Journal of
AIDS and HIV Research

  • Abbreviation: J. AIDS HIV Res.
  • Language: English
  • ISSN: 2141-2359
  • DOI: 10.5897/JAHR
  • Start Year: 2009
  • Published Articles: 297

Full Length Research Paper

Validation of women abuse screening tool (WAST-S) in the Mozambique National Health Service (significance for HIV prevention and ART treatment Adherence): A quasi-experimental crossover study

Joaquim Matavel
  • Joaquim Matavel
  • Faculty of Medicine, Eduardo Mondlane University, Maputo, Mozambique.
  • Google Scholar
Khatia Munguambe
  • Khatia Munguambe
  • Faculty of Medicine, Eduardo Mondlane University, Maputo, Mozambique.
  • Google Scholar
Osvaldo Loquiha
  • Osvaldo Loquiha
  • Eduardo Mondlane University, Maputo, Mozambique.
  • Google Scholar

  •  Received: 04 September 2023
  •  Accepted: 30 October 2023
  •  Published: 30 November 2023


Intimate partner violence (IPV), includes a wide range of abusive behaviors perpetrated by someone involved or who was involved in an intimate relationship with the victim. It is a serious and preventable public health problem globally. This article reports on the validation of an adaptation of the Women Abuse Screening Tool (WAST-S) in Mozambique and recommends its application for more effective prevention and ART treatment. The study utilized a quantitative approach in a prospective quasi-experimental crossover design, in which clusters, 4 health care units, were allocated to two intervention approaches in reverse order. IPV was measured using a translated, culturally-adapted version of WAST-S. This was compared to a standard clinical interview that included questions on IPV. There was a good agreement between the scales of WAST-Short and the standard clinical interview: 0.235 (95% CI: 0.219 - 0.250). The WAST-Short was found to be more effective than the standard clinical interview as an IPV screening tool. It provides information about intimate relationships and can measure the presence of violence. The standard clinical interview is less effective at obtaining this information. WAST-S proved to be a more reliable instrument than a clinically adapted interview, and can be applied in the screening of IPV in high patient volume settings and efficiently implemented in primary health care units which can then refer patients for specialized care. The two questions of the WAST-S provide insight into the intimate relationship measuring the presence of violence, information not easily accessible by the standard clinical interview. This information when provided to clinicians has the potential for assuring more effective prevention and treatment adherence.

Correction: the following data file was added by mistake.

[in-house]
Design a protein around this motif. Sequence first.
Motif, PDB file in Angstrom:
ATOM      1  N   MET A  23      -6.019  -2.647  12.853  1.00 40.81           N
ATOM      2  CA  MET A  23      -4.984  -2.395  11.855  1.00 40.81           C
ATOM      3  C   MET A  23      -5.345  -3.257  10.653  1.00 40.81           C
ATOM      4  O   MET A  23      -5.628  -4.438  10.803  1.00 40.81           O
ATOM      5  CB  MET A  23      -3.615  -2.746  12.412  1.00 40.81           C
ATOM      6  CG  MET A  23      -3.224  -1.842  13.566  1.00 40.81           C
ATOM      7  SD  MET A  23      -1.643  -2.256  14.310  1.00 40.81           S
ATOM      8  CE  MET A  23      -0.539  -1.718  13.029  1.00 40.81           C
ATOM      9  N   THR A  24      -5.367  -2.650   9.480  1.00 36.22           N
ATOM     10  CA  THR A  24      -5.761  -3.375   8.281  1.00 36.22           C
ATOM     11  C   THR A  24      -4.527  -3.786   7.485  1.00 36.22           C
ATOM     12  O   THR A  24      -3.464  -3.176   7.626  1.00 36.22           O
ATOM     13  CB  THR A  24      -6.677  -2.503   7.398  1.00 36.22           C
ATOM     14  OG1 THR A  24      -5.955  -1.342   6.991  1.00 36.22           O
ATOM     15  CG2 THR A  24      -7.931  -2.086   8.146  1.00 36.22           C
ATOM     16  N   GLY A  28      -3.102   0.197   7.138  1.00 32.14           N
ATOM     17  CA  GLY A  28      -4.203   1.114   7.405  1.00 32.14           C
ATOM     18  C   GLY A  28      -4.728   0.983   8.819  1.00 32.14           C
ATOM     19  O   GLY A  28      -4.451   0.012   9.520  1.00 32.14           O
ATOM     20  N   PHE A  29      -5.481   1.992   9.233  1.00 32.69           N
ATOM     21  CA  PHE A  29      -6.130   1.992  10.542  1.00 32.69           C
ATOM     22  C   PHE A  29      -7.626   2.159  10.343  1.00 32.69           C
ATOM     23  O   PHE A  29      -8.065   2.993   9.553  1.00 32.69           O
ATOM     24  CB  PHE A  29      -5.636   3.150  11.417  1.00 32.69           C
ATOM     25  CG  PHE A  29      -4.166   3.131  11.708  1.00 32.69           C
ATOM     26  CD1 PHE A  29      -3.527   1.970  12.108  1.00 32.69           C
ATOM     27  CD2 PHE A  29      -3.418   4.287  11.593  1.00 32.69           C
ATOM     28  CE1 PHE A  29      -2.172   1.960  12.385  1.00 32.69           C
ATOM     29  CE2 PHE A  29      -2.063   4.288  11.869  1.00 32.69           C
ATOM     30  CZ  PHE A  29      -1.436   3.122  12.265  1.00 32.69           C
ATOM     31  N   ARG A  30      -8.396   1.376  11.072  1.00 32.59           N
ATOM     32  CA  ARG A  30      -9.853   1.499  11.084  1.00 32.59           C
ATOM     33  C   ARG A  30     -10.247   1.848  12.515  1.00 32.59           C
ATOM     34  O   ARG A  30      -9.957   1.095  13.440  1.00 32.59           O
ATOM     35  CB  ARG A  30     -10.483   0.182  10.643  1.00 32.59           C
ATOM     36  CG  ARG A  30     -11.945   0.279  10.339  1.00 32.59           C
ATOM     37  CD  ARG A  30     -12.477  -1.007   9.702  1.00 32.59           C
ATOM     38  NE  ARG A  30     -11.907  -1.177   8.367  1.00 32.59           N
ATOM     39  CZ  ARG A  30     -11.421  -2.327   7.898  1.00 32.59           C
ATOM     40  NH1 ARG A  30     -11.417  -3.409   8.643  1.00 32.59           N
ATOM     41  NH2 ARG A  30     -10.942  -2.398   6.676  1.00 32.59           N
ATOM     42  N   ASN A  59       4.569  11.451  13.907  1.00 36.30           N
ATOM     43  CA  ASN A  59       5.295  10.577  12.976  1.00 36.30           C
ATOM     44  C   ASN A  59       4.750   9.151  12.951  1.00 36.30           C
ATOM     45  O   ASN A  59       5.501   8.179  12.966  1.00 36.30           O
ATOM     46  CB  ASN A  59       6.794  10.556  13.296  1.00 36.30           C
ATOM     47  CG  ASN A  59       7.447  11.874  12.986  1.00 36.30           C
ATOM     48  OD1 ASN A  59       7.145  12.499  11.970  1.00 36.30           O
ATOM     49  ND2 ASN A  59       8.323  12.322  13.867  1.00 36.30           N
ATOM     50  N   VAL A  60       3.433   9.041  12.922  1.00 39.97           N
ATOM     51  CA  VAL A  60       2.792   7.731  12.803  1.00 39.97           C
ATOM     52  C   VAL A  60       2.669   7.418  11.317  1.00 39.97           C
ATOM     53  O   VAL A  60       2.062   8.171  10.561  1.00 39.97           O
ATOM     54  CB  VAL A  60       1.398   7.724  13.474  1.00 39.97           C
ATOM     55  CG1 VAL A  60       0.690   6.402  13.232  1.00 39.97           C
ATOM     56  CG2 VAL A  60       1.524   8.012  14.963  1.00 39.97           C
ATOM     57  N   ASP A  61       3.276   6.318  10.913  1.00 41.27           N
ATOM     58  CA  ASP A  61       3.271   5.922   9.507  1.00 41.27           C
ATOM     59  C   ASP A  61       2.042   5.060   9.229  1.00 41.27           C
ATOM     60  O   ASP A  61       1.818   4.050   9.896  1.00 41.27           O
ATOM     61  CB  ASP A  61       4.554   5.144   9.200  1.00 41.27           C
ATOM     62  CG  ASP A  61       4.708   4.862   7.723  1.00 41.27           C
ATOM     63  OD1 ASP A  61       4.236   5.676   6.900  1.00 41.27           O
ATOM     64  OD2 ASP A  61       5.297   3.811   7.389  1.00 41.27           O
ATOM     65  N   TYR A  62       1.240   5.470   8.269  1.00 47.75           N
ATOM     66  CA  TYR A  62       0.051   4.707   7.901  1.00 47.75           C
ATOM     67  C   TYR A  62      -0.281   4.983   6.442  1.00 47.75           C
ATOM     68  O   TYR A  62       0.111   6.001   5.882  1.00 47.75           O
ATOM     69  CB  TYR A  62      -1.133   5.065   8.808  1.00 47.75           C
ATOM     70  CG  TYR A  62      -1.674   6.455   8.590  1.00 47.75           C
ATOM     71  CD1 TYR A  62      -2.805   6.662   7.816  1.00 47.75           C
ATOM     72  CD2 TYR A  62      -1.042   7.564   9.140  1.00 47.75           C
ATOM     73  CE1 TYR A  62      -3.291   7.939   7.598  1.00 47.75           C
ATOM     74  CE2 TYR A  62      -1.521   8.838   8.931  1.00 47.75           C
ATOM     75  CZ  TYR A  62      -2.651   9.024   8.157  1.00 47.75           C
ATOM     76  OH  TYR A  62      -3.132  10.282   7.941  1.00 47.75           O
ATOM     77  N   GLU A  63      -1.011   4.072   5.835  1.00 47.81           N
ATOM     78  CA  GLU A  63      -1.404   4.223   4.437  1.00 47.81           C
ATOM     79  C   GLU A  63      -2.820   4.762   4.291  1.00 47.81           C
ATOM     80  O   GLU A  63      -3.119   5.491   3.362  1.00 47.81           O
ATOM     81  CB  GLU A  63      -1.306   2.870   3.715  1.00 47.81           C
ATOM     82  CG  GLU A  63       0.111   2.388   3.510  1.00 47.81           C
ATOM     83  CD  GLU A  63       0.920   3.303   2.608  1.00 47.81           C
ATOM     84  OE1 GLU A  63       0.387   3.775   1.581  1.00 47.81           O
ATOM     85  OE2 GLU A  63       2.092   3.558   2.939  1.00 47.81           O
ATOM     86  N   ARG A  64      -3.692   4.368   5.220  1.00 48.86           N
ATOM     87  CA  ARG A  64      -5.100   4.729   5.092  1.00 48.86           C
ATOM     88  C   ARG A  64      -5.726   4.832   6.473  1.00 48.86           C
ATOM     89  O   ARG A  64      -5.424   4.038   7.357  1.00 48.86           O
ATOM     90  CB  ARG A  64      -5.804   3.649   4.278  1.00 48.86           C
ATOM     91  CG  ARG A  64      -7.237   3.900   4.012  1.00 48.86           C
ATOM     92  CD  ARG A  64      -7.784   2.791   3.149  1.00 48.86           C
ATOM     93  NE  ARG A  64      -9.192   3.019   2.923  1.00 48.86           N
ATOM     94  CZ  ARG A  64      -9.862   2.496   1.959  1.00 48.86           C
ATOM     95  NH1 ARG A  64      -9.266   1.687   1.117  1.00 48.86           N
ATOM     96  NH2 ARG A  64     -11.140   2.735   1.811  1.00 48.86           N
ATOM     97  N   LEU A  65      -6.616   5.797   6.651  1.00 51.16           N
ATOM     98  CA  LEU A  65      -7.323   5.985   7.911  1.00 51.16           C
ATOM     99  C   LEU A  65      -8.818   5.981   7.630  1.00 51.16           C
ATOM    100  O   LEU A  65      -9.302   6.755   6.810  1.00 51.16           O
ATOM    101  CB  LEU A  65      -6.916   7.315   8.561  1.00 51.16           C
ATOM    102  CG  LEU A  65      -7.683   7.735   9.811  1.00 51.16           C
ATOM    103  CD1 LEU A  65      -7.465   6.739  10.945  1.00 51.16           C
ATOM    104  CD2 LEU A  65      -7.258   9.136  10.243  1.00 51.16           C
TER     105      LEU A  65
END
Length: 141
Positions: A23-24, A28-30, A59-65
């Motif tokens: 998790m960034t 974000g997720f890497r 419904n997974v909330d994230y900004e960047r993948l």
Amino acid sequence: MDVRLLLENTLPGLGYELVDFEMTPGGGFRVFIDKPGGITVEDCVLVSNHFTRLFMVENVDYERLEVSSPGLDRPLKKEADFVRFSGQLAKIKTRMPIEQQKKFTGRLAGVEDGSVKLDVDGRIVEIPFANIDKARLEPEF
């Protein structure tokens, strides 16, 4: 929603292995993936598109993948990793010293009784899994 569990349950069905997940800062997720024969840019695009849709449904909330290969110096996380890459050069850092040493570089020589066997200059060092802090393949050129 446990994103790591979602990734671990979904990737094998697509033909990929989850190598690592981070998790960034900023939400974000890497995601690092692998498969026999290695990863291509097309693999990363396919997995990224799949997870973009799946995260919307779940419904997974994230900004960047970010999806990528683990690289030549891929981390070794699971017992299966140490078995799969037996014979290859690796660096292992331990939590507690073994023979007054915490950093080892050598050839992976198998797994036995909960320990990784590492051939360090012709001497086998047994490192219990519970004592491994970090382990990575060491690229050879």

Key words: Violence, intimate partner violence (IPV), validation, screening, partners, Women Abuse Screening Tool (WAST-S), HIV, antiretroviral therapy (ART).